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Unregulated drugs drive Ontario construction opioid deaths: report

Don Wall
Unregulated drugs drive Ontario construction opioid deaths: report
KATIE COOPER, UNITY HEALTH TORONTO — Dr. Tara Gomes was the lead author of a new report titled Lives Lost to Opioid Toxicity among Ontarians who Worked in the Construction Industry.

Construction policy makers are being urged to continue to press for solutions to the acceleration of opioid-related deaths that plague the Ontario’s construction sector.

The Ontario Drug Policy Research Network (ODPRN) and partners have followed up on their alarming report from May of 2021 that showed that among people who died of opioid toxicity in the province between 2017 and 2020, one-third of those who were employed at the time of death worked in the construction industry.

The new report shows deaths among construction workers are primarily being driven by the unregulated drug supply, not pharmaceutical opioids prescribed for pain, with cocaine and alcohol being more commonly involved in opioid toxicity deaths among construction workers compared to those not working in the construction industry.

Almost 80 per cent of opioid toxicity deaths among construction workers occurred in a private residence, most likely with no naloxone kit available.

The authors of the report are calling for industry-level responses that recognize the stigma around drug use, which may make people less likely to engage in treatment and harm reduction services offered through their employer.

“I think there’s a lot that can be done just by knowing some of the circumstances around deaths, the kinds of substances that are involved, how people are engaging in the health care system before they have one of these fatal overdoses, to see where there might be opportunities to intervene and to better support people,” said lead report author Dr. Tara Gomes, a scientist at the Li Ka Shing Knowledge Institute of St. Michael’s Hospital and principal investigator with the ODPRN.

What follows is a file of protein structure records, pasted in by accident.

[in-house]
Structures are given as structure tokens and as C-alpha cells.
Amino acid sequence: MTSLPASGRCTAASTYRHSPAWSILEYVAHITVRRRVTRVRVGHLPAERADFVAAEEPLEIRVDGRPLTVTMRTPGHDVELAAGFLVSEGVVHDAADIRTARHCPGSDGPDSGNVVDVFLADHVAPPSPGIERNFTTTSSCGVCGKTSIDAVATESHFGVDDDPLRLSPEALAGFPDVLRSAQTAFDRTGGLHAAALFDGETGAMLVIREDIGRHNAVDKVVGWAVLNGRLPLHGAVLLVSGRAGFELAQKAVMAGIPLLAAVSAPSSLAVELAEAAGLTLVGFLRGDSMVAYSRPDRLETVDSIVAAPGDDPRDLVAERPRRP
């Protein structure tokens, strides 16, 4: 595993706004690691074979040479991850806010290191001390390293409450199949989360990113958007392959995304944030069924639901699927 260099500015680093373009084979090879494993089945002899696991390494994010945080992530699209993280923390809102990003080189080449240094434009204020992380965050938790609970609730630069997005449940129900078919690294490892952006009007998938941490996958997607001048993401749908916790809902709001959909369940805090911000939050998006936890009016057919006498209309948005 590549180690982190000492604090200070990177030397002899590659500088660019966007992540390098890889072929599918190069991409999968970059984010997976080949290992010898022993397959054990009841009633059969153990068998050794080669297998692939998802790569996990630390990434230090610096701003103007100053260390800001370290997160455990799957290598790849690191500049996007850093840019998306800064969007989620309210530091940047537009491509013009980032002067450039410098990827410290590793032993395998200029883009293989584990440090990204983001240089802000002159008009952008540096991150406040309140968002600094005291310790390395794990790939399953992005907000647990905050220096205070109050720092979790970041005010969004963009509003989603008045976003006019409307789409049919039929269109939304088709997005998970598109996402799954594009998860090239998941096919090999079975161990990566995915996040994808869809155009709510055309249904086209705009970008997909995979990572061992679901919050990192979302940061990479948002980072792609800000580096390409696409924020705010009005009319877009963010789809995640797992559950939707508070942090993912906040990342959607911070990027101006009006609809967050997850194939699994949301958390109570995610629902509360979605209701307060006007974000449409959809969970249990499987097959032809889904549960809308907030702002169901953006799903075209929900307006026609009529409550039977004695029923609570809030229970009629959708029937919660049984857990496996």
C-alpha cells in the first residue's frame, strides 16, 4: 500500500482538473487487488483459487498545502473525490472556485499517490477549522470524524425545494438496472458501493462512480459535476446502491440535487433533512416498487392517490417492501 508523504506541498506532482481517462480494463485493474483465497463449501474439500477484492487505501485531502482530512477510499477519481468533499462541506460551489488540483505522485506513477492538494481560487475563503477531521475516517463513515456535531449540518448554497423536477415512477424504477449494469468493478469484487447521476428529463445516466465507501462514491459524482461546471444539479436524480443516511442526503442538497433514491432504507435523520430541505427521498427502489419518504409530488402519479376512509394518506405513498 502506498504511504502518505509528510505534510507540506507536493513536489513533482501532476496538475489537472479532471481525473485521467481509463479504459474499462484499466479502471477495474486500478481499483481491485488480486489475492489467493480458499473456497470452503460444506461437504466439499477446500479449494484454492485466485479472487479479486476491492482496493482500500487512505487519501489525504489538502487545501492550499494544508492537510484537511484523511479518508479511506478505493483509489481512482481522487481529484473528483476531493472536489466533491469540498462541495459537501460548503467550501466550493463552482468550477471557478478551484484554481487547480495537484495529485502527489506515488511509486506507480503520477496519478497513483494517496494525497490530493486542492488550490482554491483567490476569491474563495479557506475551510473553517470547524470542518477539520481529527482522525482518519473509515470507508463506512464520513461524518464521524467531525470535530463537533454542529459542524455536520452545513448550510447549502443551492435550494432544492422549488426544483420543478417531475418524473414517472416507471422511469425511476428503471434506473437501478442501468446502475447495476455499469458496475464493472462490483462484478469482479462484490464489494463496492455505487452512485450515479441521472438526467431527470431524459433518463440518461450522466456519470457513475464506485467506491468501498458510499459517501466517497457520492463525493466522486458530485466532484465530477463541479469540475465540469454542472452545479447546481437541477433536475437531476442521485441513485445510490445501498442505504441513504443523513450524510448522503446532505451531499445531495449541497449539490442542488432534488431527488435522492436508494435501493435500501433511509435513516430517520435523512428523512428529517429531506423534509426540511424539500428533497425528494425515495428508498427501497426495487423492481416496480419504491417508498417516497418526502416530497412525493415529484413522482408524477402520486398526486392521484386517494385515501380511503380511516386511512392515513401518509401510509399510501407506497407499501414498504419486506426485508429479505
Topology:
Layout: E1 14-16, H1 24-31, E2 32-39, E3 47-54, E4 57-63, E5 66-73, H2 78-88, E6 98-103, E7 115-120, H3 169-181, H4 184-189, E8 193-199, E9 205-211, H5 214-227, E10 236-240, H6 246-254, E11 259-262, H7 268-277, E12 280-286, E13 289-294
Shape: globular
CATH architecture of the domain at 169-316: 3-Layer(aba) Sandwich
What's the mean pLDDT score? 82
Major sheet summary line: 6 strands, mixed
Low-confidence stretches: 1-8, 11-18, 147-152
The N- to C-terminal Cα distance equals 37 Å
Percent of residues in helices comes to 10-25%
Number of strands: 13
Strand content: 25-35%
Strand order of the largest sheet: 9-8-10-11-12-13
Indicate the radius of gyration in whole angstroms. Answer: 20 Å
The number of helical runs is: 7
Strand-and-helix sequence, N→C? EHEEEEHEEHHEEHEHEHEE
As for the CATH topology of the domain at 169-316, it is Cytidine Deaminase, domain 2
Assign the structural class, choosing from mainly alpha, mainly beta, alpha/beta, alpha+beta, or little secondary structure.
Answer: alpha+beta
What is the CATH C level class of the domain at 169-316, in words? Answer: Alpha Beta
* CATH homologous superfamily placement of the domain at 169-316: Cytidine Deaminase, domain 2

The new report, released in July and titled Lives Lost to Opioid Toxicity among Ontarians who Worked in the Construction Industry, was produced by the ODPRN, the Office of the Chief Coroner for Ontario and Public Health Ontario. The original report found that 2,500 Ontarians died of drug overdoses in 2020, up from 1,500 in 2019.

“There are those elements to this report where we saw that there’s a high degree of injuries, reported pain and a high degree of mental health diagnoses, in particular things like anxiety and depression, and so there’s a concern that this is a population that’s struggling with unresolved pain, having to work through that pain and also they’re also dealing with depression and anxiety,” Gomes said.

There were 428 opioid toxicity deaths among workers who had a history of employment in the construction industry from July 2017 to the end of 2020 in Ontario.

Construction workers accounted for nearly one in 13 opioid toxicity deaths across Ontario over this time.

Fentanyl and cocaine involvement are significantly higher among those with employment history in construction compared to those without. Alcohol directly contributed to one in five opioid toxicity deaths among construction workers, which was significantly more than those who never worked in construction.

“About 90 per cent of the deaths happen to involve illicit opioids, such as heroin and fentanyl, which implies that this isn’t a situation where people are injured,” said Gomes. “They’re accessing medication for pain from a doctor and are just somehow having an accidental overdose from those prescribed drugs. They’re actually accessing opioids from the illicit market.”

Construction is unique with its odd and long shifts, Gomes explained, combined with workers using stimulants to stay alert and also managing pain. When a shift is done they may go home and use opioids and alcohol to unwind and manage the pain.

The Ontario government has increased access to naloxone, which treats opioid overdoses, and employers and researchers are coming to grips with the acceleration of the problem, which was exacerbated by Covid, Gomes said. The new ODPRN report creates another level of understanding.

“One of the things that stood out to us that we hadn’t necessarily expected was that it was incredibly common for these deaths to happen at people’s homes. And most of the time they were alone at the time of death. And even if there was someone there who could intervene, only half of the time was Naloxone used.”

A range of industry-level responses are recommended, including improved access to substance use treatment and harm reduction and raising awareness about the risks of polysubstance use and using drugs while alone.

“Adequate workers’ compensation benefits, specific supports for temporary workers, and comprehensive post-injury care that is accessible, patient-centred, and multidisciplinary should be considered as core elements to any response to opioid-related harm in the construction industry,” the report concluded.

Follow the author on Twitter @DonWall_DCN.


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